Intermittent ADT fails to reduce toxicity in metastatic prostate cancer
CHICAGO — Intermittent androgen deprivation therapy increased ischemic and thrombotic events in a cohort of older men with metastatic prostate cancer compared with continuous therapy, according to study data presented at the ASCO Annual Meeting.
Further, intermittent ADT did not reduce the rate of long-term bone-related, cognitive or endocrine events compared with continuous ADT, results showed.
Dawn L. Hershman, MD, associate professor of medicine at Columbia University Medical Center, and colleagues evaluated data from the SWOG S9346 trial, which included 1,134 patients (mean age, 71.5 years) who received continuous or intermittent ADT.
“The objective was to evaluate the late effects by treatment arm to men randomized to intermittent vs. continuous ADT for metastatic prostate cancer,” Hershman said. “The hypothesis was that late effects would be lower in the intermittent arm.”
Researchers linked SWOG data to Medicare claims in order to evaluate late effects by treatment arm. Fifty-six percent of the trial participants had more than 1 year of continuous Medicare parts A and B coverage (intermittent ADT, n = 325; continuous ADT, n = 311).
Hypercholesterolemia (31%) and osteoporosis (21%) were the most common late effects recorded in the claims.
The 10-year cumulative incidence rate of ischemic and thrombotic events was 32% for patients receiving intermittent ADT and 23% for those receiving continuous ADT. These data equated to a 0.68 HR for the risk for these events with intermittent ADT (P = .02).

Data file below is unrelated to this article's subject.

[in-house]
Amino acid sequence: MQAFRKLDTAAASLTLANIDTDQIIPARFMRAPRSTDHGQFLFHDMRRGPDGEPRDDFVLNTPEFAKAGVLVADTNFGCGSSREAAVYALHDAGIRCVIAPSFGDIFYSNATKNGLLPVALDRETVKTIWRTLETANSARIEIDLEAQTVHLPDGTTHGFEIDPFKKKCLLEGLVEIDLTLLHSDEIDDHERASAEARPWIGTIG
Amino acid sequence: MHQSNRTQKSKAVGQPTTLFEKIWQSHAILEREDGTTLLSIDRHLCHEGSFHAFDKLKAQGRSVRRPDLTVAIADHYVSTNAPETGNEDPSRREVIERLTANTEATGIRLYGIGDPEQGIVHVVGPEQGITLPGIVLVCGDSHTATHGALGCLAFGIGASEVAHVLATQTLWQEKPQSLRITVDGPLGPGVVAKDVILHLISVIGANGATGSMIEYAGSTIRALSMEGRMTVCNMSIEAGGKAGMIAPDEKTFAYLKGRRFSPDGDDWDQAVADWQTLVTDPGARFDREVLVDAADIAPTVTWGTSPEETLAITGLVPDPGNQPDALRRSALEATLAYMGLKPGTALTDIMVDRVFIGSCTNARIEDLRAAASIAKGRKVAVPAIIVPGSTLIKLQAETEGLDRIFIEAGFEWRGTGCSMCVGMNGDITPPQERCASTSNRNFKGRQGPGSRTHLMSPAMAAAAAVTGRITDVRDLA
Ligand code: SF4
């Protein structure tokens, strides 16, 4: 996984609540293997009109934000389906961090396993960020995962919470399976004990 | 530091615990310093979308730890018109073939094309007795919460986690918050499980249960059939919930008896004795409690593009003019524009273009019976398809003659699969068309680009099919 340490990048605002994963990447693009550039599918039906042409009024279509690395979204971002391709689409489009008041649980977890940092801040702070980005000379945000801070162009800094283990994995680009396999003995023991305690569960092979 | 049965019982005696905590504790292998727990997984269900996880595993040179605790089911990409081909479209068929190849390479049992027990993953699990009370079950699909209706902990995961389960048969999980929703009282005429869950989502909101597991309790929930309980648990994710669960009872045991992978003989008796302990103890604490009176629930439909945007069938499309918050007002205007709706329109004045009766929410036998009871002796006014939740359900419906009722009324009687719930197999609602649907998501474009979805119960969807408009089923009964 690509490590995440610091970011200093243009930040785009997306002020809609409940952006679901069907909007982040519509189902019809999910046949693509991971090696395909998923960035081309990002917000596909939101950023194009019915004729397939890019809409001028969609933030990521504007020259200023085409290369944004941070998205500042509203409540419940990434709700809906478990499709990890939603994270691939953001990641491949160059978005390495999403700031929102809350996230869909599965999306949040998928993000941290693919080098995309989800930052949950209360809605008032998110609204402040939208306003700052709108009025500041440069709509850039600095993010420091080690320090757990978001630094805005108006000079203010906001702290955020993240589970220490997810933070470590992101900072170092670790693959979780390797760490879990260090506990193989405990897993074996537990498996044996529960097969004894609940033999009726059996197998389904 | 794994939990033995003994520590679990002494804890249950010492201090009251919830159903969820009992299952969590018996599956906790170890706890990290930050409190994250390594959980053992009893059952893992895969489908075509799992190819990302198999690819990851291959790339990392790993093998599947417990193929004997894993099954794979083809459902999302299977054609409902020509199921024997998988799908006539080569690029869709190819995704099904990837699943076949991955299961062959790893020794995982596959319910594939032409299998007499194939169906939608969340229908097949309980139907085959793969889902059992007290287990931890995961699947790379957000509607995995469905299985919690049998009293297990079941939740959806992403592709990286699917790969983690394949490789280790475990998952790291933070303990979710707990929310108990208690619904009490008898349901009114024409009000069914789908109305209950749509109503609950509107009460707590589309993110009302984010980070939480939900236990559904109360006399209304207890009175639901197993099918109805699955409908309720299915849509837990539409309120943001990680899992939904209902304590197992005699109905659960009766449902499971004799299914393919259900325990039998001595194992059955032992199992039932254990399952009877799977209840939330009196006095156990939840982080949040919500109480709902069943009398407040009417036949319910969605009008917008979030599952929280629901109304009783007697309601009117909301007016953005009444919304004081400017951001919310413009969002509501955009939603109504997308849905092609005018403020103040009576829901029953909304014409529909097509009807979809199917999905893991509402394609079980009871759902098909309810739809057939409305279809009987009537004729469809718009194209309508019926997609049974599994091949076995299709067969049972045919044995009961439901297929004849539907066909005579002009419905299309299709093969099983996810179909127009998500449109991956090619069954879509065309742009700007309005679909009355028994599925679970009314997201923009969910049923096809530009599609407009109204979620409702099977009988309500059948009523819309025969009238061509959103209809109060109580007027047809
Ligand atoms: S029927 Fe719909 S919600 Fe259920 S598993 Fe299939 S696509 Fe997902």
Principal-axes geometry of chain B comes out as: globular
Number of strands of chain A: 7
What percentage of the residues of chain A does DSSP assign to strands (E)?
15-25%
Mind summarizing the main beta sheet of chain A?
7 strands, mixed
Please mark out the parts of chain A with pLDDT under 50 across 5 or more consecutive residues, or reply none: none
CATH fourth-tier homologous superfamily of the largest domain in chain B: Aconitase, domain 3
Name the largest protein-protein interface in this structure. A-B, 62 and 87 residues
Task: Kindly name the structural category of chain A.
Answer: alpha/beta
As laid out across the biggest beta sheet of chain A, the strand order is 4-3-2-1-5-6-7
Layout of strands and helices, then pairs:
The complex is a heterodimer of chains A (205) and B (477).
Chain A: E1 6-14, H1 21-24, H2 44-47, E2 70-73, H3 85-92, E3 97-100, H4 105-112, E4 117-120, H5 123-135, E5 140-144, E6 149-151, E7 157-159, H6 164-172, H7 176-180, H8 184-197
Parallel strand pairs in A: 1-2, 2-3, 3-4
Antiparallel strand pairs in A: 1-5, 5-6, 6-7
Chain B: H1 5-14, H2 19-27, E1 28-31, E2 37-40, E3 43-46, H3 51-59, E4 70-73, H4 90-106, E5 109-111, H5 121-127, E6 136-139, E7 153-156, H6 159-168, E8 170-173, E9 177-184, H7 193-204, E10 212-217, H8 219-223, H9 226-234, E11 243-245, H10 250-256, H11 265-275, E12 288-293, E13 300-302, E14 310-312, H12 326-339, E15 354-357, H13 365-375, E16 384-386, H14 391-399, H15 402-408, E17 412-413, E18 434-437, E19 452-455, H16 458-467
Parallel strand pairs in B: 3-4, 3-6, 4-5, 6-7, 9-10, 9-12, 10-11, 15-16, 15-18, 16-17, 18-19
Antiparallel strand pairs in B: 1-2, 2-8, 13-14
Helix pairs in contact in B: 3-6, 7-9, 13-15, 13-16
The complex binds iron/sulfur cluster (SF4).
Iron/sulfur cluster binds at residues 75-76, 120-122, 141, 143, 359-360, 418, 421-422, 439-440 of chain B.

Patients who received continuous ADT demonstrated an increased risk for dementia; however, this association did not reach statistical significance.
Although researchers hypothesized intermittent ADT would reduce the rate for adverse events, patients in each arm demonstrated comparable rates for sexual dysfunction, cognitive dysfunction and bone-related or endocrine events.
“The curves were overlapping for the sexual dysfunction and endocrine events,” Hershman said.
She added that the findings of this study suggest that it is feasible to link clinical trials patients to insurance claims data. — by Rob Volansky
Hershman DL, et al. Abstract 5008. Presented at: ASCO Annual Meeting; May 29-June 2, 2015; Chicago.
Disclosure: Hershman reports no relevant financial disclosures. Please see the abstract for a complete list of the other researchers’ relevant financial disclosures.